Last week, the President announced that the United States would withdraw from the Paris Climate Accord negotiated in 2015. The Paris Climate Accord was signed by 195 Parties and ratified by 146 countries plus the European Union.
However, the accord was not ratified by Congress and therefore was not subject to the Constitution’s Treaty Clause (Art. I, § 2, cl. 2).
Under the accord’s provisions, any party may withdraw from the Agreement under Article 28, following a three year period which falls on December 12, 2018. The Paris Climate Accord provided that signatories provide a plan for carbon reduction by 2020, providing nationally determined contribution reductions to the Secretariat of the United Nations Framework Convention on Climate Change (UNFCCC) program.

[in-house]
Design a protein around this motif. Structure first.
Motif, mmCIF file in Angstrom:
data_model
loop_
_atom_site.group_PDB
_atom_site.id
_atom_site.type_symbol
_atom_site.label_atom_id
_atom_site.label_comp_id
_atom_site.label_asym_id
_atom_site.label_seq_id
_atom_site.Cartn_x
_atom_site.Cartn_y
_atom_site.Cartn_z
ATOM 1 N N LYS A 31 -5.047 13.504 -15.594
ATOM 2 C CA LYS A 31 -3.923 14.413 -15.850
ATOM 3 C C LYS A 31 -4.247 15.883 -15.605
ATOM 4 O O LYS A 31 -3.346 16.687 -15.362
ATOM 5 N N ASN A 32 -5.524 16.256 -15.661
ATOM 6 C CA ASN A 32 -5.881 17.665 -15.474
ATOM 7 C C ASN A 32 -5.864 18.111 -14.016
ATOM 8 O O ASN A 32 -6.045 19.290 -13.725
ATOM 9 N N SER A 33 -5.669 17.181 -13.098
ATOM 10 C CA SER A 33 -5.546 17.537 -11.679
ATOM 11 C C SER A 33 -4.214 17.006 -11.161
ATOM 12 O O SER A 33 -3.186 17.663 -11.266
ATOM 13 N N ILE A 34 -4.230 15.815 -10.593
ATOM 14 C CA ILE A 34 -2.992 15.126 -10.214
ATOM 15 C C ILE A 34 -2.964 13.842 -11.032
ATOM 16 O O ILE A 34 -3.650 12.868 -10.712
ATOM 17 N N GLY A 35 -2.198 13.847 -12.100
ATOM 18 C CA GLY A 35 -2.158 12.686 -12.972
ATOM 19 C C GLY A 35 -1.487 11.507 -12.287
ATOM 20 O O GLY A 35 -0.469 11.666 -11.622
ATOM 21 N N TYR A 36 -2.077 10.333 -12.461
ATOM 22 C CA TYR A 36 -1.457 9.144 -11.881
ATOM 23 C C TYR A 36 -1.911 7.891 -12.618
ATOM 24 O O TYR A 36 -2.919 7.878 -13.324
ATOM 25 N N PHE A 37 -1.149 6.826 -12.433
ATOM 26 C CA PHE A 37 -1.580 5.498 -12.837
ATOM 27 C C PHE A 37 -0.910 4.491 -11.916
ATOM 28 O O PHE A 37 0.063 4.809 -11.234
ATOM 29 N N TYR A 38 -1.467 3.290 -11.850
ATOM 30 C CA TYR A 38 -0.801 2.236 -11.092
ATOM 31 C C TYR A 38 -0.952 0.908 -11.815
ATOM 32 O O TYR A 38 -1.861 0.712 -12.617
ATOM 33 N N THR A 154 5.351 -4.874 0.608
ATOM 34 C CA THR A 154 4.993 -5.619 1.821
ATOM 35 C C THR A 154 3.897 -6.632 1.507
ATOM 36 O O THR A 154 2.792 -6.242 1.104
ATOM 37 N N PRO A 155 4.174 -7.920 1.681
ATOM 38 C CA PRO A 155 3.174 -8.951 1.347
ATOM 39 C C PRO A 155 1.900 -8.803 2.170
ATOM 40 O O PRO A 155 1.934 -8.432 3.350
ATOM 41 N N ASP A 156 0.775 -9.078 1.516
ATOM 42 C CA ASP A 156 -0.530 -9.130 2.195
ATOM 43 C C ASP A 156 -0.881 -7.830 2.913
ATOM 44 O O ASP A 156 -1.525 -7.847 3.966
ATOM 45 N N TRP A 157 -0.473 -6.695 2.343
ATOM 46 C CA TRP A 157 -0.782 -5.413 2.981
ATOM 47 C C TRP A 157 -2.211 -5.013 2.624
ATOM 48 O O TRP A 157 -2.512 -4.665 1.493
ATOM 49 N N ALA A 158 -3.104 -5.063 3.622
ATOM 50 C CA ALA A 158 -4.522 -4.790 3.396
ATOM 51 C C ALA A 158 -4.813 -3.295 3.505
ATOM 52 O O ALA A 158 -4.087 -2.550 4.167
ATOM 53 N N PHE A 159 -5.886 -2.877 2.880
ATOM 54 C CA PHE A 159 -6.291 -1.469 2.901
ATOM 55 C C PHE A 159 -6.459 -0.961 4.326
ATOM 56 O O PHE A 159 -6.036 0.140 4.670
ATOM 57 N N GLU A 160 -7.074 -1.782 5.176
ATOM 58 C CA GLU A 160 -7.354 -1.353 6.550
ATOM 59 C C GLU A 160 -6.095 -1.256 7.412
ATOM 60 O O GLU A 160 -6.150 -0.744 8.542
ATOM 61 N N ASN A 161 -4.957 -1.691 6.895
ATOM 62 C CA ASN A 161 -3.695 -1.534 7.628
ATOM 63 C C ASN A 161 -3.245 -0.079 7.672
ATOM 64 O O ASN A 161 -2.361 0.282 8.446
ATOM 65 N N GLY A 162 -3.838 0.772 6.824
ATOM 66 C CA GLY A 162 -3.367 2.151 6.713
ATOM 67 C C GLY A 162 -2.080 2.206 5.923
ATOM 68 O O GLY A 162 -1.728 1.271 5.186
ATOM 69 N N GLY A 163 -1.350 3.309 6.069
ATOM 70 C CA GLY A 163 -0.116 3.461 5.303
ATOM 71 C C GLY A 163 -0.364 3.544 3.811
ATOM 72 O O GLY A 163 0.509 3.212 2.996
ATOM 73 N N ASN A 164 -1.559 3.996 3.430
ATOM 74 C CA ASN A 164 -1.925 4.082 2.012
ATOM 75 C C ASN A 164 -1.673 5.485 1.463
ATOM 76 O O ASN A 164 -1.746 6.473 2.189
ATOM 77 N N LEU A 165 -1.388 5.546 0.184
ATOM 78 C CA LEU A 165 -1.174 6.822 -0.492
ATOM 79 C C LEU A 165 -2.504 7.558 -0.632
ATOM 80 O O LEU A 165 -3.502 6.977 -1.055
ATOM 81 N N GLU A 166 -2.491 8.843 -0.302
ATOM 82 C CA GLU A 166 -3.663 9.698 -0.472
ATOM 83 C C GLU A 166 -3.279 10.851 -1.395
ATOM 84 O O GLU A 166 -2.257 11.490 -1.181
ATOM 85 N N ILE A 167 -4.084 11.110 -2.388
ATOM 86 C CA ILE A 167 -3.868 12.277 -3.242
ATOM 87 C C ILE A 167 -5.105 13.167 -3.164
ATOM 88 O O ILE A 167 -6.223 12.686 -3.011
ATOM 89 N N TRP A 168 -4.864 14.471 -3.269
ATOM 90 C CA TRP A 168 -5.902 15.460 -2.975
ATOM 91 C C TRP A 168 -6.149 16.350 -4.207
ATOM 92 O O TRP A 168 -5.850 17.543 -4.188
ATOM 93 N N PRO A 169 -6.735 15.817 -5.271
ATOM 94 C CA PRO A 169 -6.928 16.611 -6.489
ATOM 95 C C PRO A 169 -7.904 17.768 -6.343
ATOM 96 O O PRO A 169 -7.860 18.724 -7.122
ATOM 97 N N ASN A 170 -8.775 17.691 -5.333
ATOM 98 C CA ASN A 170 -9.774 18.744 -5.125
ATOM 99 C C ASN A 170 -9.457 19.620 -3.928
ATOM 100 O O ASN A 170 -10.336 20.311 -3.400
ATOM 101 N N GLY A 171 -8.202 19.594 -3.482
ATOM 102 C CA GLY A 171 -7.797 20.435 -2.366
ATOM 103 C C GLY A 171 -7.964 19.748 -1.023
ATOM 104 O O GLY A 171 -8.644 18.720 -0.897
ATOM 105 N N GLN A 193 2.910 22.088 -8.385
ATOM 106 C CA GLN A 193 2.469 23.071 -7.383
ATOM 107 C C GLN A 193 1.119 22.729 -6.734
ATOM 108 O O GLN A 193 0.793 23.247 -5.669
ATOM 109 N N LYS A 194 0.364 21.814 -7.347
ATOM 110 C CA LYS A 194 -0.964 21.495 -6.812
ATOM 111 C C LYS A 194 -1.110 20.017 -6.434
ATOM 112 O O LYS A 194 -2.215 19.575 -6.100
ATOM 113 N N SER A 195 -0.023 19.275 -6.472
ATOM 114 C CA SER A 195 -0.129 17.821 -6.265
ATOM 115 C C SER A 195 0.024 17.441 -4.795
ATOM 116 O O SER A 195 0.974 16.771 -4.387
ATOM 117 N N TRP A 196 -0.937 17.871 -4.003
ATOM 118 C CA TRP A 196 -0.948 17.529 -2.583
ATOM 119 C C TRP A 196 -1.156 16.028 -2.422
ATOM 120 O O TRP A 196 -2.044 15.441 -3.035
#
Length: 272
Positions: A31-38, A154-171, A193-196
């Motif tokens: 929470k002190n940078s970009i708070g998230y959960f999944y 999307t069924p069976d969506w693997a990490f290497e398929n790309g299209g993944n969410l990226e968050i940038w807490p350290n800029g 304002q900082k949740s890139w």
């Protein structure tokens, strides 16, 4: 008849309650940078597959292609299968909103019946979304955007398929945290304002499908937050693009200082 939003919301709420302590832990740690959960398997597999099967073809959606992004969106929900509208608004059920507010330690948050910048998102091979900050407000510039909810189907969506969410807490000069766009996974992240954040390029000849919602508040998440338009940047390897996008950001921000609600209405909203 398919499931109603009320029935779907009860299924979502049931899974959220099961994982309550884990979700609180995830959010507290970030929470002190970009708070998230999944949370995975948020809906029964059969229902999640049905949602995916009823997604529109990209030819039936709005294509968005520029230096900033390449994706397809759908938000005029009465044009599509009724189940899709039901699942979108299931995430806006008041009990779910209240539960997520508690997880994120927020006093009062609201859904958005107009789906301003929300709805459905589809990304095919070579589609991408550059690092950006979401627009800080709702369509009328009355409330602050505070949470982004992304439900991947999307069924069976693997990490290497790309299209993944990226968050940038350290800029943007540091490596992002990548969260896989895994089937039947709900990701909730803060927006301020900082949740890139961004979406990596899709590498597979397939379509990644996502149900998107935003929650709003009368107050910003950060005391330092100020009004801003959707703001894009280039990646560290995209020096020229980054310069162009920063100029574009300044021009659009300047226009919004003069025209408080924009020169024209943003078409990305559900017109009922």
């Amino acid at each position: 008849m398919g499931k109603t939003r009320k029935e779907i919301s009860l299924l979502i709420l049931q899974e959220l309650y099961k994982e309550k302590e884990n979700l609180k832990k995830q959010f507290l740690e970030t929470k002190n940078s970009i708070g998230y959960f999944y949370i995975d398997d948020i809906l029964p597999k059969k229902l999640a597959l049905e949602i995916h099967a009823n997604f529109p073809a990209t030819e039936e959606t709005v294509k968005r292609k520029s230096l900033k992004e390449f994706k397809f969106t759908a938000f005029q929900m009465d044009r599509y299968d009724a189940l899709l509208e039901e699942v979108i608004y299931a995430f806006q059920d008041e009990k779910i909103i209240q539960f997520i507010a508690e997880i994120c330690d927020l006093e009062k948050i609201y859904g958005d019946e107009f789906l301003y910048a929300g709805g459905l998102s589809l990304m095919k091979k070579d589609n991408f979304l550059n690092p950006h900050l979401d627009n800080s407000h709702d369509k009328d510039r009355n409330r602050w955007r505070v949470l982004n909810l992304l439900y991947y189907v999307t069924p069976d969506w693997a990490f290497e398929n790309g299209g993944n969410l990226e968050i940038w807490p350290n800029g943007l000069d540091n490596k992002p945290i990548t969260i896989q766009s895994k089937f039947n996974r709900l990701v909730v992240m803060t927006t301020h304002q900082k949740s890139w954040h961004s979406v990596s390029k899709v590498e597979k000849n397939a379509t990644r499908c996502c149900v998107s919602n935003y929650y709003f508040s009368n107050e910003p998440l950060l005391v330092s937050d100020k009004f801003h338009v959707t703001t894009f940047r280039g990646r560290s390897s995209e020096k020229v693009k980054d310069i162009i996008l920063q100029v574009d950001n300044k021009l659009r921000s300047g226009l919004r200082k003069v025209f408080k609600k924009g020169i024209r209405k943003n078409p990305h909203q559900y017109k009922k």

Upon the President’s withdrawal announcement, the Secretariat stated the UN “regrets the announcement by the President of the United States that his government will withdraw from the Paris Climate Change Agreement”, but noted that the Secretariat “stands ready to engage in dialogue with the United States government regarding the implications of this announcement. The United States similarly signed the 1992 Kyoto Protocol addressing climate change, which includes carbon reduction commitments through 2020 but did not ratify the treaty. Please click here for a copy of the Kyoto Protocol. Canada withdrew from the Kyoto Protocol in 1997, but the United States remains a signatory.
For those interested, the Paris Climate Change accord can be found here.
For more information, contact Steve O’Day.